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Democrats begin a health care do-over

Congressional Democrats seem to have lost touch with reality when they passed the Patient Protection and Affordable Care Act. They simply assumed that what they commanded, the nation could automatically deliver.

But as Daily Mail Capitol Reporter Zack Harold reported Monday, there may not be enough doctors in West Virginia willing to take Medicaid to care for all the people who will be entitled to Medicaid by Oct. 1.

And that is not the only unrealistic expectation the president's supporters wrote into law.

But first, Medicaid: About 183,000 people in West Virginia are currently covered by the program, which is largely supported by the federal government but which West Virginia taxpayers underwrite as well.

Because congressional Democrats extended eligibility - now limited to those with incomes of about $8,200 for a family of four - to about $32,500 for a family of that size, the state expects an additional 94,000 people to apply for Medicaid coverage as early as Oct. 1.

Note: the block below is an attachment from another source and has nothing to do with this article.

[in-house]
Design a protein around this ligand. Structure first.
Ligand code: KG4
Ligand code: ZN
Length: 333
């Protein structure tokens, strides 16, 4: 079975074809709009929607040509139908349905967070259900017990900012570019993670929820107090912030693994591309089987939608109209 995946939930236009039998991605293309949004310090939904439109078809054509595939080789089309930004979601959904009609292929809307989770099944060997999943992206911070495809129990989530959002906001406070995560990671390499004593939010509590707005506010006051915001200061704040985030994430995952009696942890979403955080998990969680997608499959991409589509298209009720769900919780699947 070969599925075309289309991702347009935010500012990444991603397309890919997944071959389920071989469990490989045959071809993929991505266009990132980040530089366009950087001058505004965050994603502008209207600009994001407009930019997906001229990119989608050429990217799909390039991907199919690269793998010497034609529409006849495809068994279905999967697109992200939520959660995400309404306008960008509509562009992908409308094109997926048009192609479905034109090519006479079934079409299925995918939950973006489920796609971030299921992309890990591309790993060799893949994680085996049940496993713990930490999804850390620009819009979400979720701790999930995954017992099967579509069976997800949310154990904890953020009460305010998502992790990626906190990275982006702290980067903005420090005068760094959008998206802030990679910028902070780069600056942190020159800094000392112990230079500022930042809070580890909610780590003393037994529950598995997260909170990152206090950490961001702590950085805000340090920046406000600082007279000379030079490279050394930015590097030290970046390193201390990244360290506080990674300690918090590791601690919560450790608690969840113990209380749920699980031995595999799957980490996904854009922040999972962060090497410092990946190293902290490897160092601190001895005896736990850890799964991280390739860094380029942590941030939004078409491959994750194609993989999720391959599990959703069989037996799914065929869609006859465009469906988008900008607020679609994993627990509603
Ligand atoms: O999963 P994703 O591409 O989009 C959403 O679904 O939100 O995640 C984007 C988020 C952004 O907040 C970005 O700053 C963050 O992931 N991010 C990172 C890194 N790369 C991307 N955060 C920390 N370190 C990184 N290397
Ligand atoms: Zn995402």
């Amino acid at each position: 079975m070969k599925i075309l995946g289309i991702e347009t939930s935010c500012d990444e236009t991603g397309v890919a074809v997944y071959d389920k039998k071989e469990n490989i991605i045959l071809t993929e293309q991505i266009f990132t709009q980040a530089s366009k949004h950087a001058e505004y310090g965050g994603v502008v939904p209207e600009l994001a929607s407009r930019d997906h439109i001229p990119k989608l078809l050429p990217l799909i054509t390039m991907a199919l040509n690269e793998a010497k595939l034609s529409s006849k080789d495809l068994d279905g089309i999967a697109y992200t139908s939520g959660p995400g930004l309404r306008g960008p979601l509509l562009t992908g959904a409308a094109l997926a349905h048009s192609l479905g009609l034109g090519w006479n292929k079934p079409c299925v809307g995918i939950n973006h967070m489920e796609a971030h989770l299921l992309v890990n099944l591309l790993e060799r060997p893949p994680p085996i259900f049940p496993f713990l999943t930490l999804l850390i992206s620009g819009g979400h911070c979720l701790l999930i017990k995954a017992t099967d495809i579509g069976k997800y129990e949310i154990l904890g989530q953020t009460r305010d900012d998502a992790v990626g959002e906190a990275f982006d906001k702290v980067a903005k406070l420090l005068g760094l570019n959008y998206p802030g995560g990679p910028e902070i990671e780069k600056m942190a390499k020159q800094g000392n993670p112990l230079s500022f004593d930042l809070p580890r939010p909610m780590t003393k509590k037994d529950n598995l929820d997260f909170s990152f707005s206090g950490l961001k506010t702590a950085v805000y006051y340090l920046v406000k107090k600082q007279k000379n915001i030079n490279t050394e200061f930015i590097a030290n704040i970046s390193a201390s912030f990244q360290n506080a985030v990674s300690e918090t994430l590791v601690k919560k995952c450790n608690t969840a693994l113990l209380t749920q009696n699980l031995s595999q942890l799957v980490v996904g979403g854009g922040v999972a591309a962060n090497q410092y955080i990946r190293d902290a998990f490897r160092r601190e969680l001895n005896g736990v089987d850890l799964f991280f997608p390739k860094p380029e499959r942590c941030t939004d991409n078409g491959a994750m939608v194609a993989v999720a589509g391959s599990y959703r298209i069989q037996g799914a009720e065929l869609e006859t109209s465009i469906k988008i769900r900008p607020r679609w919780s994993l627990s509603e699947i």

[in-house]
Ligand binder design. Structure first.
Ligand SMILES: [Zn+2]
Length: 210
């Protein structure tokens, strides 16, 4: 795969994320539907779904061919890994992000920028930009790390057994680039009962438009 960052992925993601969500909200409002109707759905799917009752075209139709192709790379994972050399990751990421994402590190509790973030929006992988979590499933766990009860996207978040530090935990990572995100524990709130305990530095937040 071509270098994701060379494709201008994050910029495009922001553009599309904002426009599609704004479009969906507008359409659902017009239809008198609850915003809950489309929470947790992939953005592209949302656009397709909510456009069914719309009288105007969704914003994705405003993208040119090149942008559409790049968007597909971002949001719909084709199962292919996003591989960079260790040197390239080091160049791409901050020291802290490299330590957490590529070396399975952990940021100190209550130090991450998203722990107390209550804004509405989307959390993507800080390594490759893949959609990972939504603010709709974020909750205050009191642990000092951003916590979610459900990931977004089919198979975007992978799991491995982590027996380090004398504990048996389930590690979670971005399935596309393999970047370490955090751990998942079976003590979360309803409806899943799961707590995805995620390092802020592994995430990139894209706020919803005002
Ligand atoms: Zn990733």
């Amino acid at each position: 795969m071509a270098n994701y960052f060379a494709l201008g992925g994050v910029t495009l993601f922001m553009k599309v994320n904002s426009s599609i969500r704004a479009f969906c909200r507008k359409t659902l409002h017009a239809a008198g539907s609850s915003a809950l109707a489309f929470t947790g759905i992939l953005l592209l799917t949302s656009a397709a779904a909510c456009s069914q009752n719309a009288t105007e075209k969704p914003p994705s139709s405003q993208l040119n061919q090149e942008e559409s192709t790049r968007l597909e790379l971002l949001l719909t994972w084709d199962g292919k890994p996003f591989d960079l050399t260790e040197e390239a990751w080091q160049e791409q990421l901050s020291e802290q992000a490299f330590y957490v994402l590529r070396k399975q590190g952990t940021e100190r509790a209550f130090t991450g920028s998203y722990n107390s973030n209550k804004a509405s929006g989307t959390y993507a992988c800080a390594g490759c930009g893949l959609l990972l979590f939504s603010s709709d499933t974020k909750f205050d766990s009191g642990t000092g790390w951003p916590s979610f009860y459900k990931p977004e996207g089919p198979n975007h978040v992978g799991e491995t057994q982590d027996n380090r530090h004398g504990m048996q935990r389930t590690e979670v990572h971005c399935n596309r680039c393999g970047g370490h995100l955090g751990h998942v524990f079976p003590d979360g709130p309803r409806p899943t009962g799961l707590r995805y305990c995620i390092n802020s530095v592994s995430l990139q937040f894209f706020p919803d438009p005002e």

That would bring the number of people in West Virginia covered by Medicaid  to about 277,000.

But only about 2,100 primary care doctors in West Virginia accept the Medicaid card, said Penney Hall of the state Department of Health and Human Resources.

The state pays providers so little for seeing Medicaid patients that they lose money when they do.

"At St. Francis Hospital in downtown Charleston, private insurance companies pay about 20 cents [on the dollar] above cost," Harold wrote. "Medicaid pays the hospital only about 20 cents on the dollar."

Thus, an unknown number of providers in the state limit how many Medicaid patients they will care for.

Who knows how that will work out.

And it gets worse.

Last week, the White house said it would simply waive the part of Democrats' law that required employers to offer insurance to workers. This created another problem.

People are supposed to get subsidies to buy insurance on state "exchanges" only if their employers don't cover them. The size of the subsidies were to depend on income.

But on Friday, the administration said that since it will not require businesses to report benefits until 2015, state "exchange bureaucracies" need not verify income when people apply for subsidies.

People can lie about how much income they have and still get subsidies from taxpayers.

This "bending the cost curve" business is likely, for taxpayers, to be in an upward direction.


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